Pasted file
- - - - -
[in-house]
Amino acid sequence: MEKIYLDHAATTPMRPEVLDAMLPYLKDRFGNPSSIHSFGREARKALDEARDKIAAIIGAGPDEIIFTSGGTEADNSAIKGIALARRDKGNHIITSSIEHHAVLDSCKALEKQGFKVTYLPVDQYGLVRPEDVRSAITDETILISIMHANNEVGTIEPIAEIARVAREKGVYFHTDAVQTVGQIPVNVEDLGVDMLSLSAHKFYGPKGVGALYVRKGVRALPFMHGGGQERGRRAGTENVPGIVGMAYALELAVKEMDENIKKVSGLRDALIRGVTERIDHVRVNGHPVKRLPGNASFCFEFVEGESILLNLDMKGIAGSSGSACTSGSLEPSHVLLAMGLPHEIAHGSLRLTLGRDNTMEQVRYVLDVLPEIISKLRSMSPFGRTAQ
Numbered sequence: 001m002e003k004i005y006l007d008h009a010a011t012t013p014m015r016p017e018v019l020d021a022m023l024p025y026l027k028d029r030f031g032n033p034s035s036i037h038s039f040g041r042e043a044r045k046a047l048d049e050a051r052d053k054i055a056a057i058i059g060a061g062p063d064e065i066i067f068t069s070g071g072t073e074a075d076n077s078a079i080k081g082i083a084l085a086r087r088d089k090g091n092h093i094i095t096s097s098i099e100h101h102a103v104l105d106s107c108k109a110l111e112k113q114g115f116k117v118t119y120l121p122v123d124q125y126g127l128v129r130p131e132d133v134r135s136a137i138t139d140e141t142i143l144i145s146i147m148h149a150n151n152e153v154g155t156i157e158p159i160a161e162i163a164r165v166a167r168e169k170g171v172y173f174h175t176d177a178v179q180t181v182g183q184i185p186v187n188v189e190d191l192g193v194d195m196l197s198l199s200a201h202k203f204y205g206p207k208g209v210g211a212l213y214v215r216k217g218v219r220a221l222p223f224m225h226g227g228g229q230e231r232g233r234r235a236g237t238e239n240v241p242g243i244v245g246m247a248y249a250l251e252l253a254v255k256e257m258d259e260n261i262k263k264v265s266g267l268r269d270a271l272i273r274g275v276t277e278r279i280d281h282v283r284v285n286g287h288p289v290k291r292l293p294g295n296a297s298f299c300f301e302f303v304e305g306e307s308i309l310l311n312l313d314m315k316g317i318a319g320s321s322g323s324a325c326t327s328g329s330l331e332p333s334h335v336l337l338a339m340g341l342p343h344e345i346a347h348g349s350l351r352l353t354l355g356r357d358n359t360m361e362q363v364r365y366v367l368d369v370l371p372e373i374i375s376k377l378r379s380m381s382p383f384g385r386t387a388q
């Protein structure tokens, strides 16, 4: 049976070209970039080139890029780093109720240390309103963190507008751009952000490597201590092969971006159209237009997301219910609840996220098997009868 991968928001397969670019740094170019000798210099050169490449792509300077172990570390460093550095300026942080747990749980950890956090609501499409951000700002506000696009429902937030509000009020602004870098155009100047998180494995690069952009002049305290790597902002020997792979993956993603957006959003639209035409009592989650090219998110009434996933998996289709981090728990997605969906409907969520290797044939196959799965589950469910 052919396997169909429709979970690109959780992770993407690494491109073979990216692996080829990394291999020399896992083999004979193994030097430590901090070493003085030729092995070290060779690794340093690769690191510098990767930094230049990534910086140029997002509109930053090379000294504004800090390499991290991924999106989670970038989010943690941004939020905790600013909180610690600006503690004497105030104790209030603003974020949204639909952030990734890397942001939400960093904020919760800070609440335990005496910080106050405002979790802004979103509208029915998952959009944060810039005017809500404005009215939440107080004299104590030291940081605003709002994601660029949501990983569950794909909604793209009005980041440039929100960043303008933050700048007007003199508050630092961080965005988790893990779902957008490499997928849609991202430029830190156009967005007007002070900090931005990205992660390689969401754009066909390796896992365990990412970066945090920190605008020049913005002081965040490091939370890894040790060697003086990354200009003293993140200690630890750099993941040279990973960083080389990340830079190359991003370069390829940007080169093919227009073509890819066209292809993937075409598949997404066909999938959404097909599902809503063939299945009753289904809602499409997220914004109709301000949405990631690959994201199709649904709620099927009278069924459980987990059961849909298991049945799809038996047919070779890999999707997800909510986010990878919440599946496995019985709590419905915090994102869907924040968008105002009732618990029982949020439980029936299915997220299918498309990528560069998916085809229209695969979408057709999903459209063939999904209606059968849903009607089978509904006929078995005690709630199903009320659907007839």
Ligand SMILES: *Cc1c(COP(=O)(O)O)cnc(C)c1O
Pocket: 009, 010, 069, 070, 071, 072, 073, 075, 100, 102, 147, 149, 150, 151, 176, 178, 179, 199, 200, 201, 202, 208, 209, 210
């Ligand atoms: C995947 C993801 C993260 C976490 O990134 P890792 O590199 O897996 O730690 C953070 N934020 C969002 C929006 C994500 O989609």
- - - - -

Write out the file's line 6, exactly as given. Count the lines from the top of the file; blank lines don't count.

Pocket: 009, 010, 069, 070, 071, 072, 073, 075, 100, 102, 147, 149, 150, 151, 176, 178, 179, 199, 200, 201, 202, 208, 209, 210